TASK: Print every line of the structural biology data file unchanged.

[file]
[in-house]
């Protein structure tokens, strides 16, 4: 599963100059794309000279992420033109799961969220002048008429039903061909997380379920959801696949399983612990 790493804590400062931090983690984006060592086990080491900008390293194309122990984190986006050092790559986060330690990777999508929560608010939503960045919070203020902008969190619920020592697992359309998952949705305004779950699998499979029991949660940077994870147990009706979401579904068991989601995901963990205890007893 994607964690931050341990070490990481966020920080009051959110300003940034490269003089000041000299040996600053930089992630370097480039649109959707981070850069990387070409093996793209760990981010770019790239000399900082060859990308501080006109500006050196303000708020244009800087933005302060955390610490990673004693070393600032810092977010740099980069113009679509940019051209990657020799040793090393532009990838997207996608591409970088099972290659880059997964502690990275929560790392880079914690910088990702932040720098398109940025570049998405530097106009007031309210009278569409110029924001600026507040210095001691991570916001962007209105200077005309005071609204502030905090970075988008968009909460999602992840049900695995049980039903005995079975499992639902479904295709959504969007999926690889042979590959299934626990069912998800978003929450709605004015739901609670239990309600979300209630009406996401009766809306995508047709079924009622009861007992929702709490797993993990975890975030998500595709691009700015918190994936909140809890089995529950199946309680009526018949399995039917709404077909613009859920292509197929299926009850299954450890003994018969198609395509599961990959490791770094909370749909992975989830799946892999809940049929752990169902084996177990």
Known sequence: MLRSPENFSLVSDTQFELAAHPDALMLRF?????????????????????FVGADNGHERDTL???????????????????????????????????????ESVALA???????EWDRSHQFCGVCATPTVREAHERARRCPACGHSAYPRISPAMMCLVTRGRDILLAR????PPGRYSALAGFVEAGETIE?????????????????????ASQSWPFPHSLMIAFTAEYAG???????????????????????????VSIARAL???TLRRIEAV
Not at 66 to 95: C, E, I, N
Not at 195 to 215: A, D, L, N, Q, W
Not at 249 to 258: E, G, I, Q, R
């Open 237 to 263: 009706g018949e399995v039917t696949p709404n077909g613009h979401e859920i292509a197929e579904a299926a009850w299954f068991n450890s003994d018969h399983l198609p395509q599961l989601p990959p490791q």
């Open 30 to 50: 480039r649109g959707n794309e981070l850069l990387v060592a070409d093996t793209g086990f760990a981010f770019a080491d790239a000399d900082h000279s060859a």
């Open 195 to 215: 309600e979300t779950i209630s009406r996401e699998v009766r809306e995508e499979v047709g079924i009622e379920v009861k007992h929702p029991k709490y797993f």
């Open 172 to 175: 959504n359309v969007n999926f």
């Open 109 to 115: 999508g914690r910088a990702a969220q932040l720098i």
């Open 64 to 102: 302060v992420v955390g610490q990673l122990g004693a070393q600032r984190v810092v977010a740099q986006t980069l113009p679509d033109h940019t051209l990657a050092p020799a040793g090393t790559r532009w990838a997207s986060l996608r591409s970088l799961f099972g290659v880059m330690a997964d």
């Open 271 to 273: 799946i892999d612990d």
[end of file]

[in-house]
């Protein structure tokens, strides 16, 4: 599963100059794309000279992420033109799961969220002048008429039903061909997380379920959801696949399983612990 790493804590400062931090983690984006060592086990080491900008390293194309122990984190986006050092790559986060330690990777999508929560608010939503960045919070203020902008969190619920020592697992359309998952949705305004779950699998499979029991949660940077994870147990009706979401579904068991989601995901963990205890007893 994607964690931050341990070490990481966020920080009051959110300003940034490269003089000041000299040996600053930089992630370097480039649109959707981070850069990387070409093996793209760990981010770019790239000399900082060859990308501080006109500006050196303000708020244009800087933005302060955390610490990673004693070393600032810092977010740099980069113009679509940019051209990657020799040793090393532009990838997207996608591409970088099972290659880059997964502690990275929560790392880079914690910088990702932040720098398109940025570049998405530097106009007031309210009278569409110029924001600026507040210095001691991570916001962007209105200077005309005071609204502030905090970075988008968009909460999602992840049900695995049980039903005995079975499992639902479904295709959504969007999926690889042979590959299934626990069912998800978003929450709605004015739901609670239990309600979300209630009406996401009766809306995508047709079924009622009861007992929702709490797993993990975890975030998500595709691009700015918190994936909140809890089995529950199946309680009526018949399995039917709404077909613009859920292509197929299926009850299954450890003994018969198609395509599961990959490791770094909370749909992975989830799946892999809940049929752990169902084996177990």
Known sequence: MLRSPENFSLVSDTQFELAAHPDALMLRF?????????????????????FVGADNGHERDTL???????????????????????????????????????ESVALA???????EWDRSHQFCGVCATPTVREAHERARRCPACGHSAYPRISPAMMCLVTRGRDILLAR????PPGRYSALAGFVEAGETIE?????????????????????ASQSWPFPHSLMIAFTAEYAG???????????????????????????VSIARAL???TLRRIEAV
Not at 66 to 95: C, E, I, N
Not at 195 to 215: A, D, L, N, Q, W
Not at 249 to 258: E, G, I, Q, R
């Open 237 to 263: 009706g018949e399995v039917t696949p709404n077909g613009h979401e859920i292509a197929e579904a299926a009850w299954f068991n450890s003994d018969h399983l198609p395509q599961l989601p990959p490791q």
């Open 30 to 50: 480039r649109g959707n794309e981070l850069l990387v060592a070409d093996t793209g086990f760990a981010f770019a080491d790239a000399d900082h000279s060859a």
């Open 195 to 215: 309600e979300t779950i209630s009406r996401e699998v009766r809306e995508e499979v047709g079924i009622e379920v009861k007992h929702p029991k709490y797993f």
């Open 172 to 175: 959504n359309v969007n999926f």
């Open 109 to 115: 999508g914690r910088a990702a969220q932040l720098i």
């Open 64 to 102: 302060v992420v955390g610490q990673l122990g004693a070393q600032r984190v810092v977010a740099q986006t980069l113009p679509d033109h940019t051209l990657a050092p020799a040793g090393t790559r532009w990838a997207s986060l996608r591409s970088l799961f099972g290659v880059m330690a997964d």
């Open 271 to 273: 799946i892999d612990d």